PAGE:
This time of year, the season of lights is celebrated in the Northern Hemisphere when we’re in short supply of the most significant light of our lives: sunlight.
Without a moderate daily dose of direct sunlight, vitamin D levels drop and our health becomes more vulnerable.
For instance, vitamin D helps your body fight off flu viruses. Yes, even H1N1.
I could stop right there and you’d have reason enough to make sure you’re getting plenty of D from cod liver oil or D3 supplements. But as I’ve mentioned before, vitamin D has also been shown to help maintain strong bones and muscles, support cognitive function, and reduce risk of type 2 diabetes and certain cancers.
And then there’s your heart…
High cost of deficiency
Six years ago I sent you an email showing that vitamin D deficiency is closely linked to higher risk of congestive heart failure.
More recently, in “One Way or Another” (9/14/09), we saw how narrowing of arteries in type 2 diabetics might be delayed and even reversed when D levels are raised.
And then there’s the good news about heart disease.
In 2002, a study that followed nearly 10,000 women over the age of 65 showed a link between vitamin D supplement use and a reduced risk of death from heart disease.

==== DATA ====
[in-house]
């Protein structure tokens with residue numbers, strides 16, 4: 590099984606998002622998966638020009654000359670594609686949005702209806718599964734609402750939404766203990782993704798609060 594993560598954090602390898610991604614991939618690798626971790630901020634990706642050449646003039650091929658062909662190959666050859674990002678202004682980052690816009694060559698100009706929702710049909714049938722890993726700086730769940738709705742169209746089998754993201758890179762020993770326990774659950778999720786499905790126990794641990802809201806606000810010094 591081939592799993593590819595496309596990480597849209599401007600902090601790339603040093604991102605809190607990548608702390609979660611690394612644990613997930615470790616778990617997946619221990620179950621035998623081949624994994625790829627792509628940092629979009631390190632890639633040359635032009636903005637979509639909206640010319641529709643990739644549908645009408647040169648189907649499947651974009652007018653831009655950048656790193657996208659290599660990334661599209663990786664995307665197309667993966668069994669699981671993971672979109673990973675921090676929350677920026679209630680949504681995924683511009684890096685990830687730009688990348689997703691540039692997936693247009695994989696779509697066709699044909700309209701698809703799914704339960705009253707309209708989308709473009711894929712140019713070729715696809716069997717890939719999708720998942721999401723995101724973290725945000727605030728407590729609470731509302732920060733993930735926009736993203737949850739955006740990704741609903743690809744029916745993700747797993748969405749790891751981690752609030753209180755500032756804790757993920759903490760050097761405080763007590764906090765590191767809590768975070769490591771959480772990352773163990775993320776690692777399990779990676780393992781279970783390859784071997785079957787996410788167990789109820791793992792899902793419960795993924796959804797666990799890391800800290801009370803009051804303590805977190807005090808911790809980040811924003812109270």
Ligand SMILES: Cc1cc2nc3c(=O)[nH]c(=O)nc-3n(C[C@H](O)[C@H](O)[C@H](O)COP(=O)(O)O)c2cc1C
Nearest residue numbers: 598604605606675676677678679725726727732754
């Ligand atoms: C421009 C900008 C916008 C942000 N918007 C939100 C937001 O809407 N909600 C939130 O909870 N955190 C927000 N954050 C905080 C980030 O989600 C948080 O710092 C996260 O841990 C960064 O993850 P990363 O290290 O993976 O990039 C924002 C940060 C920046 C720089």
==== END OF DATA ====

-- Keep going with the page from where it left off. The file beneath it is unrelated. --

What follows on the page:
Seven years later, new research from Utah’s Heart Institute at Intermountain Medical Center expands on that research with impressive results. The Utah team collected blood samples from more than 27,000 healthy subjects over the age of 50 with no history of heart disease.
Results for subjects with the lowest blood levels of D:
* Twice as likely to experience heart failure
* 45 percent more likely to develop coronary artery disease
* Nearly 80 percent more likely to have a stroke
In this study, lowest D levels were less than 15 nanograms per milliliter.
Talk to your doctor about testing your blood level of vitamin D. Then you can discuss supplement strategies for keeping levels high while we wait for the season of the big light to return.
Only 103 days till spring!
“Vitamin D Deficiency Linked Directly to Heart Disease” Guy Montague-Jones, NutraIngredients-USA, 11/20/09, nutraingredients-usa.com
Jenny Thompson is the Director of the Health Sciences Institute and editor of the HSI e-Alert. Through HSI, she and her team uncover important health information and expose ridiculous health misinformation, most notably through the HSI e-Alert.
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